A few years removed from the scuzzy classic rock of Royal Trux, Jennifer Herrema still can’t mellow out. Her latest band, Black Bananas, make the kind of convoluted and overwhelming noisy rock that will instantly draw in fans of Trux, while adding their own funky twist to the occasion. Rad Times Xpress IV is 45 minutes of messy, cosmic sludge that sounds like Herrema’s old bands aural mess filtered through the swampy, psychedelic lens of Parliament Funkadelic. This is not saying you are going to hear Maggot Brain, but the spirit, that sense of more is more and weird is better is a common thread throughout the entire LP.
Tracks range from the righteous, thick garage funk of “Hot Stupid” to the thick synth charges of “RTX Go-Go.” From the opening sludge of “It’s Cool,” Rad Times Xpress IV is a 13 song exercise in excess and opulence, with no effect pedal or outrageous idea discounted. This is an album that features songs titled “Killer Weed,” “Foxy Playground” and “Acid Song,” and continues the rich RT tradition of keeping one foot in the gutter and the other in the refined guitar rock cannon. The songs are about as chaotic and unfocused as you would expect, with the listener feeling a little like they are sitting in a sloppy, late night jam session. Like Royal Trux, you can’t help but wonder what the band could accomplish if they didn’t sound like they were intentionally throwing sand in the gears (especially when the blueprint fails as it does on “TV Trouble”), but Rad Times Xpress IV is plenty of fun and another feather in the RT related cannon.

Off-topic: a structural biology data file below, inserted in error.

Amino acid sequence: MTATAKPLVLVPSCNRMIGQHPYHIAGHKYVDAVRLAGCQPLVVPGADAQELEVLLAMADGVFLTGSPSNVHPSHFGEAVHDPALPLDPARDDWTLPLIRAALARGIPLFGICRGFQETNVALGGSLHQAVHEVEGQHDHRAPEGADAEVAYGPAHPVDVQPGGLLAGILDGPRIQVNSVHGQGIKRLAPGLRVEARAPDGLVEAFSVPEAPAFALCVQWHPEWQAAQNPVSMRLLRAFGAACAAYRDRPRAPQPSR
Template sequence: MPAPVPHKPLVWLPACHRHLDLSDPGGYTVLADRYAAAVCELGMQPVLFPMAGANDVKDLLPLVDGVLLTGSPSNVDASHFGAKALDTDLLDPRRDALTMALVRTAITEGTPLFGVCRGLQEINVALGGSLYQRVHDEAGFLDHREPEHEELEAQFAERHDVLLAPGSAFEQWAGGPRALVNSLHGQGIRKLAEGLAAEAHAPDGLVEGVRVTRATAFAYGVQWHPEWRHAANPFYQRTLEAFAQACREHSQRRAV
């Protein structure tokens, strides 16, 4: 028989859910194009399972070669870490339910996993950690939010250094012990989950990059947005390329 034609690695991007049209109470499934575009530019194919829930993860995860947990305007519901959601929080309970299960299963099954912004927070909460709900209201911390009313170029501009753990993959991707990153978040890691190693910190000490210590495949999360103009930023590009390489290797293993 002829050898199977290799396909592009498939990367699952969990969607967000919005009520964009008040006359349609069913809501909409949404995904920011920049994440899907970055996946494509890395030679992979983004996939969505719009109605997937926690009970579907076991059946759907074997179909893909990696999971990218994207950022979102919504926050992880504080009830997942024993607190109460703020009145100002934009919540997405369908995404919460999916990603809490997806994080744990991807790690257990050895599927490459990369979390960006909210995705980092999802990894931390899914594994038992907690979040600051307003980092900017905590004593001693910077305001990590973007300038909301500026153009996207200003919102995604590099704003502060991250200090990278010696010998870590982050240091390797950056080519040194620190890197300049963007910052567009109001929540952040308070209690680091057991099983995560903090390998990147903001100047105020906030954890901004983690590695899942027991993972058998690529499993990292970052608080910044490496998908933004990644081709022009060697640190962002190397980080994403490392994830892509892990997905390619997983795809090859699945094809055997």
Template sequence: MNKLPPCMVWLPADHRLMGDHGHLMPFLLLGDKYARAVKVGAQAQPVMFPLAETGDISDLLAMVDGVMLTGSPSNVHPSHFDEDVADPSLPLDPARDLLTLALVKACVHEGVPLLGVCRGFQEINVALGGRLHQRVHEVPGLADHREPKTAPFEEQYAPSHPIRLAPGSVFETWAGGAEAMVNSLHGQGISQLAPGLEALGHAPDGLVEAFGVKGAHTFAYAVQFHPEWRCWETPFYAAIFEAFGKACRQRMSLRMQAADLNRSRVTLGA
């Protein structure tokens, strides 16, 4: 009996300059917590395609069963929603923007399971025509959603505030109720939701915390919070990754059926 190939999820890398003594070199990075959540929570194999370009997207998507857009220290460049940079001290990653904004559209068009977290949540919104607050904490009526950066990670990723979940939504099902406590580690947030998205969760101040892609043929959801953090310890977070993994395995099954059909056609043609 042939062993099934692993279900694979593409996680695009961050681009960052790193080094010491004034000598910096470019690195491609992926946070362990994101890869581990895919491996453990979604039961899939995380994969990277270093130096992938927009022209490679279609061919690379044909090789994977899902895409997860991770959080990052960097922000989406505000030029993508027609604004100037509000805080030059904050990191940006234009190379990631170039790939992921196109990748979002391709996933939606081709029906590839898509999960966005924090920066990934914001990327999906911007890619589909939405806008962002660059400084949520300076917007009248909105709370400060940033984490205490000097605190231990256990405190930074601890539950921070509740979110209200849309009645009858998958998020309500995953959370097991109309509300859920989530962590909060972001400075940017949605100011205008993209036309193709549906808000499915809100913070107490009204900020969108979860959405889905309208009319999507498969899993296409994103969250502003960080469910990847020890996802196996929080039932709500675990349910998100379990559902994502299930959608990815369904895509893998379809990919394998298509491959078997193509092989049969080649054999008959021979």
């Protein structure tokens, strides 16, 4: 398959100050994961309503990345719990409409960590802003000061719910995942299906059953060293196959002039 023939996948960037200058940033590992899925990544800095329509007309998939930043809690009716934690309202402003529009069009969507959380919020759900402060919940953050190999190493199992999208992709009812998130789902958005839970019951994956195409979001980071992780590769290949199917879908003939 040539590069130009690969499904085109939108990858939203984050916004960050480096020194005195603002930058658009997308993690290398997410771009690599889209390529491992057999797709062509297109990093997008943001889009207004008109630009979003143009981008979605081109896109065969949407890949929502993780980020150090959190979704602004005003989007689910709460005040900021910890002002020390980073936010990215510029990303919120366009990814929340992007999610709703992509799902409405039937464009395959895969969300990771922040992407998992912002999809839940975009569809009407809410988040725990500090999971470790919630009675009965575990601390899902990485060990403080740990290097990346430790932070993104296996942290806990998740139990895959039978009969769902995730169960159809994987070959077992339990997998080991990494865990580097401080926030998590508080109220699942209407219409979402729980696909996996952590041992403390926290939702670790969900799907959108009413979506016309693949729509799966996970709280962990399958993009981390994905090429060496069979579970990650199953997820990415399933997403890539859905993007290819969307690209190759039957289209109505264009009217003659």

(PS–If you aren’t sold simply by the glitter bombed, funked up classic rock, know that the artwork is about as outrageous as the music and well worth checking out.)
Tim (Vernon Wayne)
In a word, this album is unpredictable.
In more words the album is disjointed and self-indulgent, but also fun and promising. Considered as a stand-alone entry outside of legacy that Jennifer Herrema and Neil Hagerty built with Royal Trux, this album is still a very noteworthy listen. It falls somewhere short of extraordinary, but only perhaps for its lack of focus. The electronic-infused beats are punctuated by masterful guitar work that manages to be both tasteful and bombastic within stand-out tracks such as “Do It” and “TV Trouble”. Clocking in at just over two minutes, “Do It” crosses the line of succinctness into becoming fleeting, which proves to be problematic theme throughout.
The tracks with the least to say musically seem to get the most time on album. Curiously, the album switches it up to an almost arena rock-punk style for “My House”, which is interesting, but almost feels like a hidden track right there in the middle of the album. The song offers us a rare glimpse of Hagerty’s impressive guitar prowess, without hiding behind the over-saturated fuzz that permeates much of the rest of album, which is refreshing. Herrema maintains poise and attitude throughout but falls flat on some choruses that don’t feel genuine and some, like on “Hot Stupid”, that resort to the unfortunate tactic of autotune to further this disingenuousness. This album is both impressive and fun, but manages to still not seem important.
Don’t miss Black Bananas on 5/22 for what should be a great show with Kurt Vile at the 400 Bar.
Writer / co-founder